#30 Doing A Job vs. Doing The Job (1999)

All Rights Reserved © 1999 Thomas W. Day

Believe it or not, the Rat is being heard. Last week, I received a note from an executive who objects to my belief that, if everyone of the executive floor of a typical company were to die from catered lobster bisque poisoning, it would be weeks, months, or years before the rest of the company noticed. My lone protesting exec claims that execs are hard-working, over-stressed, and reasonably paid for the value they provide to their companies. I beg to differ.

There's a difference between working hard and being productive. For most adults, spending a dozen hours a day with the nose buried in the next-guy-up-the-ladder's butt is difficult, stressful, and only gets done with an expectation of something of value (like lots of money). However difficult that kind of activity may be, it isn't something that provides value to the business.

This is along the lines of my arguments about MBA degrees. Several readers have protested that the path to earning an MBA is as difficult as the route to something more useful. Academia can make anything hard. That doesn't prove that the actual course material is complex or hard to master, it just proves that academia would complicate selling (or giving away) ice cubes in Death Valley.

The history of the management class of humans, ever since the earliest days of clan chiefs, has been self-serving. In the dirt-floor days, a guy got to be king because he was an effective military leader (or he was the only guy left alive after the battle and the ones who stayed home mistook survival as a battle skill). It seemed to take one generation of inherited power for early royalty to forget their purpose and function. It might be true that war skills could be handed down a generation or two, but it probably wasn't. Humans tend to drift toward easy answers and the concept of inherited intelligence, skill, and courage is, mostly, a myth.

Not all that long ago, business leaders were, mostly, business founders. When a company survives the first decade or two, there is usually some skill behind the start-up. However, that skill doesn't necessarily reside in the founder, let alone his genes. Sometimes, a lucky early hire provides the talent and drive that pushes a company past the early failure zone.

Henry Ford was a great example of a founding father who couldn't have kept an ice cream truck business alive, on his own. A certifiable fruitcake with the magnetic personality of the guy holding the pitchfork in the Grant Wood painting, "American Gothic," Ford lucked into a couple of key employees who created his "legacy" and fortune. The assembly line, the mechanical genius that separated the early Ford cars from the rest of the automotive pack, and the organization systems that were necessary to Ford's survival (and which Ford did his personal best to destroy) were all created and supervised by mid-level managers. Now that we're a dozen generations away from that sketchy origin, the Fords who are left in control probably can't even drive a car, let alone make one.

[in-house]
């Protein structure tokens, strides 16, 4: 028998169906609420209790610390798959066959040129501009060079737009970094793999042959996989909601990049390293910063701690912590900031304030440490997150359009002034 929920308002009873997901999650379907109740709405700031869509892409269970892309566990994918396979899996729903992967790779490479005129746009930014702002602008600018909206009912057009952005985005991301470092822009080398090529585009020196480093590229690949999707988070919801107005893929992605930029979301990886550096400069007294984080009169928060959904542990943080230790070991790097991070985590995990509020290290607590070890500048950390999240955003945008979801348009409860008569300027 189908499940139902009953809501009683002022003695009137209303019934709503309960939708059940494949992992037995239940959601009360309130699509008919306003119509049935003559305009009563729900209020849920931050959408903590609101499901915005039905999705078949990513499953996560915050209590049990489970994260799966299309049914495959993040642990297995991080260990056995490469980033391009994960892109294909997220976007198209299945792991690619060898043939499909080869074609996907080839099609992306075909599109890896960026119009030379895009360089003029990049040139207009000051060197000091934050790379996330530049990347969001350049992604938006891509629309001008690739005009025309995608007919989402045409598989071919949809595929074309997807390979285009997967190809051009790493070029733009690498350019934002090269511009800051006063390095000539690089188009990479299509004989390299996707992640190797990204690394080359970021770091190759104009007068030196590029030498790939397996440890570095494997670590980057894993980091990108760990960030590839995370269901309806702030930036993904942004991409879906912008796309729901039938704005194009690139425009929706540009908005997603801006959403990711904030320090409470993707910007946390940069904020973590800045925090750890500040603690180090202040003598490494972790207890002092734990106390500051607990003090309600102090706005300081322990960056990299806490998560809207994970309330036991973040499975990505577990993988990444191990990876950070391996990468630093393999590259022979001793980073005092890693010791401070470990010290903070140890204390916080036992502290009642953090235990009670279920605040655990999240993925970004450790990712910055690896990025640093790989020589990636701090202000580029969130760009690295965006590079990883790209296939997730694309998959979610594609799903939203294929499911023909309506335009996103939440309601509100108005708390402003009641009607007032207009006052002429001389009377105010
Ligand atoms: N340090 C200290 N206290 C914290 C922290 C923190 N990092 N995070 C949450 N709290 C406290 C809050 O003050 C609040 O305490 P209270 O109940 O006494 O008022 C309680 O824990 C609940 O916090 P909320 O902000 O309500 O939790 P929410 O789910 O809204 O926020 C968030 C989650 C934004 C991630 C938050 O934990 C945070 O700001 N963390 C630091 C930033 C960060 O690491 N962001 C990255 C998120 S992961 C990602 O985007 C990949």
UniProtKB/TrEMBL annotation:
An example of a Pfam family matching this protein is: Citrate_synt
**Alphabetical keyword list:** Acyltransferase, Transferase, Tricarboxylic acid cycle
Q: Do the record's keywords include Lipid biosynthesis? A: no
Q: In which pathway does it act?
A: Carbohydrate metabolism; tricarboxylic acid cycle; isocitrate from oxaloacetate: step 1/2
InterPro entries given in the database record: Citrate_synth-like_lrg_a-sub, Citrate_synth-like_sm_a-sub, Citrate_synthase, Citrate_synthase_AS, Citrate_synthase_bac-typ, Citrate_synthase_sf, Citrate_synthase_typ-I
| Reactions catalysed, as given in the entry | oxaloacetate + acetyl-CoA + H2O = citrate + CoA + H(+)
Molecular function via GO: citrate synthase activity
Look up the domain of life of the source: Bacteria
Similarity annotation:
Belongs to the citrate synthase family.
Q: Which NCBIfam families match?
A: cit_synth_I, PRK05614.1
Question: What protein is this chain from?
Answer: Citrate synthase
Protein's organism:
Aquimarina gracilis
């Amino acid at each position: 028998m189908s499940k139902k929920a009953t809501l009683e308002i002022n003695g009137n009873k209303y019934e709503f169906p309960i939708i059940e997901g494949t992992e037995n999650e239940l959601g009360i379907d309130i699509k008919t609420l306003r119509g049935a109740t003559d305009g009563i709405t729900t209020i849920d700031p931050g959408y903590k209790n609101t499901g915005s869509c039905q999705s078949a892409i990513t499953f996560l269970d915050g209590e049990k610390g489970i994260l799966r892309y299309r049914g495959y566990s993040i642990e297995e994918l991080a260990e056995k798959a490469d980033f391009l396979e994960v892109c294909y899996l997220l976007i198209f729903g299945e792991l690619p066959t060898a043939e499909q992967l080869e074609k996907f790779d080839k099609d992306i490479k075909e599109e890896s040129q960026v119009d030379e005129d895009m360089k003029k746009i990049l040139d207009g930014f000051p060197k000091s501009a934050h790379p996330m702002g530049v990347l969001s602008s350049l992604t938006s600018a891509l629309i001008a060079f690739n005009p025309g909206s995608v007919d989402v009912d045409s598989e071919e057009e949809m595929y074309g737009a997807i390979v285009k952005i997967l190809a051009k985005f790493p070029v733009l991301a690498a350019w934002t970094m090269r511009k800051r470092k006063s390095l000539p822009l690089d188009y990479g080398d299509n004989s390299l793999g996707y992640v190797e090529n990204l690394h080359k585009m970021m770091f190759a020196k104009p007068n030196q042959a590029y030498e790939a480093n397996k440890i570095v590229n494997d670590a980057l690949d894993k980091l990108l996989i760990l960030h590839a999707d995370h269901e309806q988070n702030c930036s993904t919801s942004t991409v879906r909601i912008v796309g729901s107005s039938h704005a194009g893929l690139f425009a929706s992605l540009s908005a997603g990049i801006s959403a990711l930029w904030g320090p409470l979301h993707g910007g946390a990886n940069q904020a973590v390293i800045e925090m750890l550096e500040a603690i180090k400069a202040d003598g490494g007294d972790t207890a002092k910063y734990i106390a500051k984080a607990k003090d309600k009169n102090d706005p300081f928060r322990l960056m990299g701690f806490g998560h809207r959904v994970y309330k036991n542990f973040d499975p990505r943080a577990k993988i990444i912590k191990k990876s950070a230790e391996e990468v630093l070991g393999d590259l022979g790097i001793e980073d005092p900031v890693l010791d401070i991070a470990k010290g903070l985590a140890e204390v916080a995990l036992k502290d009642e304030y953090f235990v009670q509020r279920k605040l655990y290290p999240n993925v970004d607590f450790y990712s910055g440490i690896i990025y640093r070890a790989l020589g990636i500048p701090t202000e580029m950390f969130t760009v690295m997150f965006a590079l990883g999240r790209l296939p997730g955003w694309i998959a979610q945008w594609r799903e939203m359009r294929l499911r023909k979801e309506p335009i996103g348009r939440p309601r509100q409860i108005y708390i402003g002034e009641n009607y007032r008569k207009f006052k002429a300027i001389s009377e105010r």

These days, what passes for business leaders are too often a dramatically different group from "founder" types. The typical management types are in the Roger Smith (of GM infamy) class. Their claim to leadership is more based on their ability to avoid critical decisions, suck up to whoever's currently on top (while positioning themselves for an opportunity to slip a knife between the ribs), and an unerring obsession toward their own personal power and profit. This sort of character is the origin of the old rule that anyone who wants to lead is someone who ought not to be allowed near the job. Again, while all those devious activities are complicated and energy draining, they're not productive.

The biggest flaws in the ointment of many of the largest companies' organizations starts at the top and slithers its way down the ladder. Management is paid so outrageously that long-term corporate goals are sabotaged in the interest of making the next quarter's financial objective. The stock options from a single strong quarter can make a CEO a rich man, eliminating any interest in building a solid foundation for a company's long term success and health. Still, none of this stuff adds any value to the business.

As a culture, we seem to be able to recognize why this is unmotivating and corrupting when it happens to professional athletes, but don't seem to notice it when it's going on in our own companies. I suppose this is yet another thing we should thank the media for ignoring. Otherwise, we'd all be a lot wealthier and more secure and . . . where was I going what that?

The incestuous relationship between corporate execs and stock analysts complicates these defects even more. Analysts are no more interested in a company's long term health than that company's competitors might be. When a CEO and a pack of analysts climb into bed to create a bump in the stock value and a run of short-term profit taking, employees and non-conspiring investors have no protection. The SEC pays a little attention to this kind of stuff, but only if it's so blatant that there's no way to ignore it. The government's job is, primarily, to protect the interests of the rich and powerful. The rest of us are on our own. Still no value added.

While there's a lot of "work" going on, in climbing to and hanging on to those luxurious corner offices, hardly any of it benefits the organization. Most of the effort expended by the executive class is self-serving and always has been.

So, Mr. Exec, I'm sticking with my popguns. Until I see some evidence that you guys actually do something useful, I'm not going to make the leap of faith that you seem to think is due. But thanks for playing and try again when you have an argument that makes sense.

November 1999

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